We shall consider the follow two cases:

1.When transformer is on no-load.

2.When transformer is on load.

**Transformer on no-load**. A transformer is said to be on *no-load *if its secondary side is open and primary is connected to a sinusoidal alternating voltage *V _{1} *The alternating applied voltage will cause

*flow of alternating current in the primary winding which will create alternating flux.*This primary input current

*(I*under no-load conditions supply:

_{0})- i.
*Iron losses in the core (i.e.*hysteresis loss and eddy current loss). - ii. A very
*small amount of copper losses in primary*(there being no copper loss in the secondary as it is open). - iii. Thus I
_{0}^{0}behind V_{1}*,*but lags it by an angle ɸ_{0}< 90^{0}

No-load power input, P_{0} = V_{1}I_{0 }cos ɸ_{0}

where cos ɸ_{0} = primary power factor under no-load conditions.

As is evident from Fig. 19, primary current I_{0}* *has the following two components:

*i. **Active *or *working *or *iron loss component I _{w}, *This component is in

*phase with*V

_{1}

*and mainly supplies the iron loss plus small quantity of primary copper loss.*

I_{w} = I_{0} cos ɸ_{0 }… (i)

*ii. **Magnetising component **I*_{m}*. *This component is *in quadrature with *V_{1}* *and its function is to *sustain the alternating flux in the core. *It is *wattless. *

The following points are *worthnoting : *

- The no-load primary current
*I*is_{w}*very small as compared to the full-load primary current.* - As
*10*is very small, the no-load primary copper loss is negligibly small which means that*no-load primary input is practically equal to the iron loss in the**trans**former.* - Since, it is primarily the core loss which is responsible for shift in the current vector, angle ɸ
_{0}is known as**hysteresis angle of advance.**

**Example 7. ***A 3300/300 V single phase transformer gives 0.6 A and 60 W as ammeter wattmeter readings when supply is given to the low voltage winding and high voltage winding is kept open, find:*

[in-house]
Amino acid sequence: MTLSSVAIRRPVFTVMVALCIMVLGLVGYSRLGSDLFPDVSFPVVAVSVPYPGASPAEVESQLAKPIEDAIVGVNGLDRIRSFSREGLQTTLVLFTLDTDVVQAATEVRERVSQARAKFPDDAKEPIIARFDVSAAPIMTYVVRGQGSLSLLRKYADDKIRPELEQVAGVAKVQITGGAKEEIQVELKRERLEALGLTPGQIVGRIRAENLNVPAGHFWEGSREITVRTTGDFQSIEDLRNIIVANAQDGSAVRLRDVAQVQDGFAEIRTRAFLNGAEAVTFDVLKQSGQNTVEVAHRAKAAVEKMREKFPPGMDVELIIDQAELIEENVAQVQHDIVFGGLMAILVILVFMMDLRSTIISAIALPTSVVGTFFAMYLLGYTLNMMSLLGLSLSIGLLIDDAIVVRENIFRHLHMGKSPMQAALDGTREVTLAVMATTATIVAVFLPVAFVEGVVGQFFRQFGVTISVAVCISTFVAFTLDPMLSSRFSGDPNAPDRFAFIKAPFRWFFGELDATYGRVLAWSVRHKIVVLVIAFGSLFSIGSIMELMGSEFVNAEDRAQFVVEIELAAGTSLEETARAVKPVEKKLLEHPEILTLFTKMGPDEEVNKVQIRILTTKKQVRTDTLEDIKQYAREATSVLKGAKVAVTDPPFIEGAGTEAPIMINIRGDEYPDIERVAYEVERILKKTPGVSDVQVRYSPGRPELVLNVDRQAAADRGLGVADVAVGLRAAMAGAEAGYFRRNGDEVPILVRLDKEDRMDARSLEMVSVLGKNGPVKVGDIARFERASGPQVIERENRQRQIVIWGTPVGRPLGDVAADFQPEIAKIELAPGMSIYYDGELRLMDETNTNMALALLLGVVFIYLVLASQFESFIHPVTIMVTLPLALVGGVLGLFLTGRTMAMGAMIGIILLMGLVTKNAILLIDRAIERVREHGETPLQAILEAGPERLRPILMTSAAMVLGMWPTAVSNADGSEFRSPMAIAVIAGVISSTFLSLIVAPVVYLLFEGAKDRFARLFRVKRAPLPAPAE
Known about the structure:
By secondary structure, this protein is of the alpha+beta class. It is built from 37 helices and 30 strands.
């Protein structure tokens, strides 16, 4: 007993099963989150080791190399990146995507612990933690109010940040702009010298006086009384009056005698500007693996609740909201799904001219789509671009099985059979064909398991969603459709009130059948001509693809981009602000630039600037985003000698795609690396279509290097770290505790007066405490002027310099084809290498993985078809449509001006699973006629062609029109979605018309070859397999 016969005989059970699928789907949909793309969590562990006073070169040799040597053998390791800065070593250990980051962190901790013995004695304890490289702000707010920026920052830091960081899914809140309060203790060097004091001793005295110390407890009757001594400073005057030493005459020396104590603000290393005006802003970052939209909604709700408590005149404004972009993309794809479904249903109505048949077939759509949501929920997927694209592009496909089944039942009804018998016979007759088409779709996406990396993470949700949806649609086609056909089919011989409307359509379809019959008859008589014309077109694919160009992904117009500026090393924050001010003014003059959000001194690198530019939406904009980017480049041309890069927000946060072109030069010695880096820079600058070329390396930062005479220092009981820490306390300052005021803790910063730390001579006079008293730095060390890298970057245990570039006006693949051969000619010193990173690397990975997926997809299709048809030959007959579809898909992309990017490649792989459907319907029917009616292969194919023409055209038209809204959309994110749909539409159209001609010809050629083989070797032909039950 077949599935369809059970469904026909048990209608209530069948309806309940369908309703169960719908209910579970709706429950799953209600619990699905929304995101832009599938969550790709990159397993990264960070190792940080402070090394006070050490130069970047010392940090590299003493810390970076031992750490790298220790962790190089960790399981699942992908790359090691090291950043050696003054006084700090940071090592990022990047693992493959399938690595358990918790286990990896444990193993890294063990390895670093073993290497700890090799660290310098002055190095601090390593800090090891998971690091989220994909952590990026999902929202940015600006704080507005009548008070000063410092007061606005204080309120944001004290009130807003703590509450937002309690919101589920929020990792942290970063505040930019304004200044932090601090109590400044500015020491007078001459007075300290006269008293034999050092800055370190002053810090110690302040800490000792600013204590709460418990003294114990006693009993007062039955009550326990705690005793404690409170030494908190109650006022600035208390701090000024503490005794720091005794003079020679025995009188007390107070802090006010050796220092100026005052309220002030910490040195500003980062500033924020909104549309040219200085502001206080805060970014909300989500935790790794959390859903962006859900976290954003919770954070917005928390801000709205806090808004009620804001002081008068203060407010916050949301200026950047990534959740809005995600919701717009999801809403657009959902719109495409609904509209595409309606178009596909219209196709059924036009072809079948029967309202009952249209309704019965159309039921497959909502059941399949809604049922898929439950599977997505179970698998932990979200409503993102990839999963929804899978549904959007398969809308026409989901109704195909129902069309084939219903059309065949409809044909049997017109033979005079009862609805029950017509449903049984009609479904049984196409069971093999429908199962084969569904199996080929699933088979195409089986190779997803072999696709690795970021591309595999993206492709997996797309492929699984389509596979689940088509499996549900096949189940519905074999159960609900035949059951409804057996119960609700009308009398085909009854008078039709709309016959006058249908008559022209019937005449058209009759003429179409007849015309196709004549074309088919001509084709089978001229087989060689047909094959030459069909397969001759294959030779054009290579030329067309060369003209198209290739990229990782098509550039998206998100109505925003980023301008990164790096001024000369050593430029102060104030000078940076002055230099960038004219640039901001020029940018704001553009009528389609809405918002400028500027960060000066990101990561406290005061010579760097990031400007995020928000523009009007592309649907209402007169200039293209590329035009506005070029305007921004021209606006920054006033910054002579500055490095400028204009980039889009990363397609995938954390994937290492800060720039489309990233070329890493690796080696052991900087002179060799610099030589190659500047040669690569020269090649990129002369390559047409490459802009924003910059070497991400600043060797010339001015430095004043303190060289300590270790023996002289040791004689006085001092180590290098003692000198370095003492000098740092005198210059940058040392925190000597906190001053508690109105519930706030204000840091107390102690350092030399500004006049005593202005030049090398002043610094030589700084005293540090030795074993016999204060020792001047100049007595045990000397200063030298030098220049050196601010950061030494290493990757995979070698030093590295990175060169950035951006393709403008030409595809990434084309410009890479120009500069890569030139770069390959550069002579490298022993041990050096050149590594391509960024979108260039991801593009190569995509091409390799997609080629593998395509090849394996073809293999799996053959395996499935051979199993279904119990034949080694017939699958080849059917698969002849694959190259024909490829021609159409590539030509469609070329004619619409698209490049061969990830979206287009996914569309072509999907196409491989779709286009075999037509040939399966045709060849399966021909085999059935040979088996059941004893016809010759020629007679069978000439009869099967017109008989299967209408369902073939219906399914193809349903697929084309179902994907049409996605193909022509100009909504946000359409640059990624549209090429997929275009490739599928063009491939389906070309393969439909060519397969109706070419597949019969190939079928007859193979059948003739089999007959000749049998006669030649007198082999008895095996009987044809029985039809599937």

*(i) **Power factor for no-load current*

*(ii) **Magnetising component.*

*(iii) **Iron loss component.*

**Example 8**. *Find **(i) **active and reactive components of no-load current; and **(ii) **no-load current **of a 440/220**V single-phase transformer if the power input on no- load to the high voltage winding **is 80 W and **power factor of no- load current is 0.3 lagging. *

**Solution**. Primary, . E_{1} = 440 V

Secondary, E_{2} = 220 V

Power factor, cos ɸ_{0} = 0.3 (lagging)

No-load losses, P_{0} = 80 W

**Example 9**. *A 3300/220 V, 30 kVA, single-phase transformer takes a no-load current of *1.5 *A *when *the low voltage winding is kept open. The iron loss component is equal to 0.4 A find: *

*(i) **No-load input power. *

*(ii) **Magnetising component and power factor of no-load current: *

**Solution**. Rating of transformer = 30 kVA

Primary, E_{1} = 3300 V

Secondary, E_{2} = 220 V

No-load current, I_{0} = 1.5 A

Iron loss component, I_{m} = 0.4 A

(i) **No-load input power, **

P_{0} = V_{1}I_{0} cos ɸ_{0} = V_{1}I_{w}

= 3300 × 0.4 = **1320 W. (Ans.) **

**Transformer on load**. *The transformer is said to be loaded when the secondary circuit of a transformer is completed through an impedance or load. *The magnitude and phase of secondary current I_{2} with respect to secondary terminal voltage will depend upon the characteristic of load, *i.e. *current I_{2}* *will be in phase, lag behind and lead the terminal voltage V_{2}* *respectively when the load is purely resistive, inductive and capacitive.

The secondary current I_{2 }sets up its own ampere-turns (= N_{2}I_{2}*) *and creates its own flux ɸ_{2 }opposing the main flux ɸ_{0} created by no-load current I_{0}*, *The opposing secondary flux ɸ_{2} weakens the primary flux ɸ_{0} momentarily hence primary counter or back e.m.f. E_{1}* *tends to be reduced. V_{1} gains the upper hand over E_{1} momentarily and hence causes more current to flow in primary. Let this additional primary current be I_{2}‘. It is known as load component of primary current. The additional primary m.m.f. N_{1}I_{2}‘ sets up its own flux ɸ_{2}‘ which is in opposition to ɸ_{2} (but is in the same direction as ɸ_{0}) and is equal to it in magnitude. Hence they cancel each other. Thus we find that the magnetic effects of secondary current I_{2} are immediately neutralised by the additional primary current I_{2}’ which is brought into existence exactly at the same instant as I_{2},

Fig. 20. An ideal transformer on load.

From above discussion it can be concluded that:

- Whatever be the load conditions, the
*net flux passing through the core is approximately the same as at no-load. .* - Since the core flux remains constant at all loads, the core
*loss almost remains constant under different loading conditions.*

The total primary current is the vector sum of I_{0} and I_{2}‘ ; the current I_{2}‘ is in antiphase with I_{2} and k times in magnitude.

The total primary current can be shown as below:

The vector diagrams for transformer on non-inductive, inductive and capacitive loads are

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